UMD Reads The Righteous Mind

A blog for and about the 2013 UMD First Year Book Project

Back to the Beginning: Critical Reading of Part One

I’d like to return for a moment to the beginning of Haidt’s book and his central focus on how we might all get along better and more importantly, why we believe the way we do. Much of what I’ve written about here on the blog so far has been aimed on asking you about your own personal experience with Haidt’s ideas. Now that I’m writing my last official post, I’d like to ask you about your experience as a reader.

 

As a fairly critical reader myself (I hope), one of the strengths I see in his book is how he uses the philosophy of others to interweave concepts and effectively bring a multiplicity of ideas into conversation with one another. This idea of a “conversation” is one of the primary facets of strong inquiry, argument and reasoning. Let’s chart how he does this just for a moment in Part One. He begins with the question: “Where Does Morality Come From” and the first theorist he addresses (after setting up his context and mentioning a few canonical thinkers) is to introduce Piaget and his model of cognitive development. Piaget looked at what kids do innately in their development to chart what might be considered “nature” and what might be considered “nurture” in the learning process of humans. Without summarizing it all (you’ve read the book of course), what we take from Piaget here might be that moral development is in fact, innate (6-7). Hmmm…, really?

But then Haidt brings in Kohlberg, who as he mentions “extended” Piaget’s ideas, finding more nuance in the stages of our human development, asserting that some things happen naturally but then we reach a stage where we begin “manipulating rules and social conventions” (8). We begin to nurture our moral foundations and to test them. So perhaps it is both?  Not only did Kohlberg add to the conversation around moral development but also Haidt asserts that he provided a justification for a liberal morality, one where experience and “figuring it out for yourself” might be valued over authority and structured, rule-based learning.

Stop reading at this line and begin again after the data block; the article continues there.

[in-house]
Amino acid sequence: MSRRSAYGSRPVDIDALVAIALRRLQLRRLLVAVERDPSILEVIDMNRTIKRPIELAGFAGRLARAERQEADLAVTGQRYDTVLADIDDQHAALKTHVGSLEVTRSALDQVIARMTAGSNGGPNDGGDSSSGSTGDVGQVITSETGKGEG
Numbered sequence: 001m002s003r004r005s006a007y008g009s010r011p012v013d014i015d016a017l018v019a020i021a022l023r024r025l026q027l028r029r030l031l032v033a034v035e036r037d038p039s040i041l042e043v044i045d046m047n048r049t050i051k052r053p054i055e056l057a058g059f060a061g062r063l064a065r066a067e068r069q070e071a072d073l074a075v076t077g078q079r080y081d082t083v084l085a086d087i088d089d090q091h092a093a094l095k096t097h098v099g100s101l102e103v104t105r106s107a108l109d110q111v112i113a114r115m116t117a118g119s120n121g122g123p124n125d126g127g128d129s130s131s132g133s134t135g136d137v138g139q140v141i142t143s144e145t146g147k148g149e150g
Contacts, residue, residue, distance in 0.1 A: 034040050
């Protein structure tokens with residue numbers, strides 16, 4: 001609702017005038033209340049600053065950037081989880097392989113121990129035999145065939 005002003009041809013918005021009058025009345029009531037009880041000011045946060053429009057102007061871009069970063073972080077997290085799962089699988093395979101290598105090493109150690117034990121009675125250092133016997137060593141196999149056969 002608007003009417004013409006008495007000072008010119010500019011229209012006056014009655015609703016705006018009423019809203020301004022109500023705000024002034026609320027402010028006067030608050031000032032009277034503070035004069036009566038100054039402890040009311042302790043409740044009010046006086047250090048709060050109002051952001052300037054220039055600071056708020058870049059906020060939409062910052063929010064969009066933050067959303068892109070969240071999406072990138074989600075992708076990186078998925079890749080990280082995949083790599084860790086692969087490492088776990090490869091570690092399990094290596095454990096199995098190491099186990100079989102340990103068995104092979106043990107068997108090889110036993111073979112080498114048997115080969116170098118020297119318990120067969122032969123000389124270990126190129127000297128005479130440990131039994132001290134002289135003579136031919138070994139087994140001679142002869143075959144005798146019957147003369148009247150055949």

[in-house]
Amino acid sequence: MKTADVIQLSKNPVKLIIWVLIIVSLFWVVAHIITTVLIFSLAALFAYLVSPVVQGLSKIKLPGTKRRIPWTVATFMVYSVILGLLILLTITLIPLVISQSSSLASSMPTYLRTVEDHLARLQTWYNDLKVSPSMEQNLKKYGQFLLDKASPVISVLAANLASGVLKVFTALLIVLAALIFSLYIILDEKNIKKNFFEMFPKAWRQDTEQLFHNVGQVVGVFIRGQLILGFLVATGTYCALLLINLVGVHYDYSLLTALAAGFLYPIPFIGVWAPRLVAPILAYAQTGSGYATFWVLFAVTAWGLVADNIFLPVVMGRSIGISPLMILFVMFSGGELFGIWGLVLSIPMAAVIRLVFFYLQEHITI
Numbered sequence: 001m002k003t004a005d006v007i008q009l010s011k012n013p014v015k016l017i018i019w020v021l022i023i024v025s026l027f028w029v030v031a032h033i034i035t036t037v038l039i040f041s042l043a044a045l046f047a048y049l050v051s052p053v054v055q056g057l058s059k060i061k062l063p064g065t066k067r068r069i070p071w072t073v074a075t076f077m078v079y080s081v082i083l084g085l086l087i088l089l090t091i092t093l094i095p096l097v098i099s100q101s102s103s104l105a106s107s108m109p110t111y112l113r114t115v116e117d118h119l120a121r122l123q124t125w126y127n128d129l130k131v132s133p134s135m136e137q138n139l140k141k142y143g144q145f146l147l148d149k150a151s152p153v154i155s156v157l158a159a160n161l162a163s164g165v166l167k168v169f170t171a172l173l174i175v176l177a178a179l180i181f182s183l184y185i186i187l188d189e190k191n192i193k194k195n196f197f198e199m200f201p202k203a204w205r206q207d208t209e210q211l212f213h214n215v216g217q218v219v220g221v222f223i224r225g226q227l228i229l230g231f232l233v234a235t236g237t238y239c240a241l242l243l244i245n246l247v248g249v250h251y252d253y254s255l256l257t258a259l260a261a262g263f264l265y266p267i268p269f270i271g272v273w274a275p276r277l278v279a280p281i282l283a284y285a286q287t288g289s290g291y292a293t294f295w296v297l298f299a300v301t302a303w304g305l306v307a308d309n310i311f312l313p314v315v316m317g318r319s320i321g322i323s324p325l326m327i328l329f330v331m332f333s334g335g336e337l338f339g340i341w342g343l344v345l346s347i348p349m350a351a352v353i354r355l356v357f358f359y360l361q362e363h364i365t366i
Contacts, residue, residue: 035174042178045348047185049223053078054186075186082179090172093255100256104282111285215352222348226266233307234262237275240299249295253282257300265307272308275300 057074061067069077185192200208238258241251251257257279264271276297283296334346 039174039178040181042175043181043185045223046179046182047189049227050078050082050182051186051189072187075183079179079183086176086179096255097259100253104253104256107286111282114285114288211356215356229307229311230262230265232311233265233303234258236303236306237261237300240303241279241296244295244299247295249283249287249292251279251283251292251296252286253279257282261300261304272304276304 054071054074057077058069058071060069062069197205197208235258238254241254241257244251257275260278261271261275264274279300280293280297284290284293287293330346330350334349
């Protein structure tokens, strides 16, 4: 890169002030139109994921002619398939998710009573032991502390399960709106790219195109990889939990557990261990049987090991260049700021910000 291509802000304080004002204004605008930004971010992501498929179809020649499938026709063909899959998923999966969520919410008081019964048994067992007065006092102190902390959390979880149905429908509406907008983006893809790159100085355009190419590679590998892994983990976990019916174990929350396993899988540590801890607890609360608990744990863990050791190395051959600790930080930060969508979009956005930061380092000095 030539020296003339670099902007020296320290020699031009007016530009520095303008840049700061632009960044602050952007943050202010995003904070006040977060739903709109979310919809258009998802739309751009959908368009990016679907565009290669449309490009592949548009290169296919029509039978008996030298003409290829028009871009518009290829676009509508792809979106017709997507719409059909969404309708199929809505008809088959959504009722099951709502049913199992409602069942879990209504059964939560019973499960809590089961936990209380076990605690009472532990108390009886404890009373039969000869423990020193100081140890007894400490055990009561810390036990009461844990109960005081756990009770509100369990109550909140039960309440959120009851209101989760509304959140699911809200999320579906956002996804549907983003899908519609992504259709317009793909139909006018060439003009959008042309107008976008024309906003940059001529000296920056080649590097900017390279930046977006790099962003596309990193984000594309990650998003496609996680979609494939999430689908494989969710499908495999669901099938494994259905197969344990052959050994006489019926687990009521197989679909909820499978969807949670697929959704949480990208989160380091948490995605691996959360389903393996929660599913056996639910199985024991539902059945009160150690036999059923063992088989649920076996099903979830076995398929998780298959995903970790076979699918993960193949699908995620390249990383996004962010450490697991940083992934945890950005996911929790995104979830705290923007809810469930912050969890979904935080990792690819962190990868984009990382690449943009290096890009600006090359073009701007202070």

And then he brings in Turiel who proved that in fact, children definitely do recognize social conventions as a part of morality, back to social authority again. For example, how do you behave if you’ve been told something is wrong? It might not even matter if it’s actually moral or not. This shows that authority figures have a lot to do with how we reason morally in fact, so do our peers and social groups. However, the biggest principle Turiel worked with was, no matter how arbitrary the rule, children still seem to recognize that doing harm to others is not a good way to go (12).

 

And then he brings in Fiske and Schweder…Oh boy. They showed us that morality is variant from culture to culture—what does “no harm” in one country might not be so in another. Even worse, the research was further limited by the fact that most of the studies that had been done by Piaget and others were with privileged, educated children in the Western world (12-16). Uh-oh.

 

It is at this point that Haidt offers his own voice into the conversation, showing us where he departs as a researcher into his own field of inquiry. He’s laid the foundation of ideas and now he can extend them by describing his own experience and where he takes the ideas of others and makes his own contribution to the field of knowledge. He sums it all up by saying “We’re born to be righteous, but we have to learn what, exactly, people like us should be righteous about” (31).

 

So, finally, what do you think of Haidt’s organizational strategy in this chapter? In the rest of the book? What about the metaphors? Do you agree with my summary? Did I miss any key points? Did you find him using his set of strategies consistently throughout the book and how do you feel about the conclusions he is drawing for us? Do you think he is missing something? Do you think he is making any false assumptions? Do you think he is successful? I can’t wait to get your own best “critical reads” on Haidt’s style and content!

 

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78 thoughts on “Back to the Beginning: Critical Reading of Part One

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  1. I believe that Haidt’s writing strategy of starting off with a metaphor, and introducing all of them in the prologue, was a very smart move from a literary point of view. It made understanding his points much easier and thus, as a reader, I was hooked in. I also agree with your summary, as most above seemed to as well.

    • Allison Scott on said: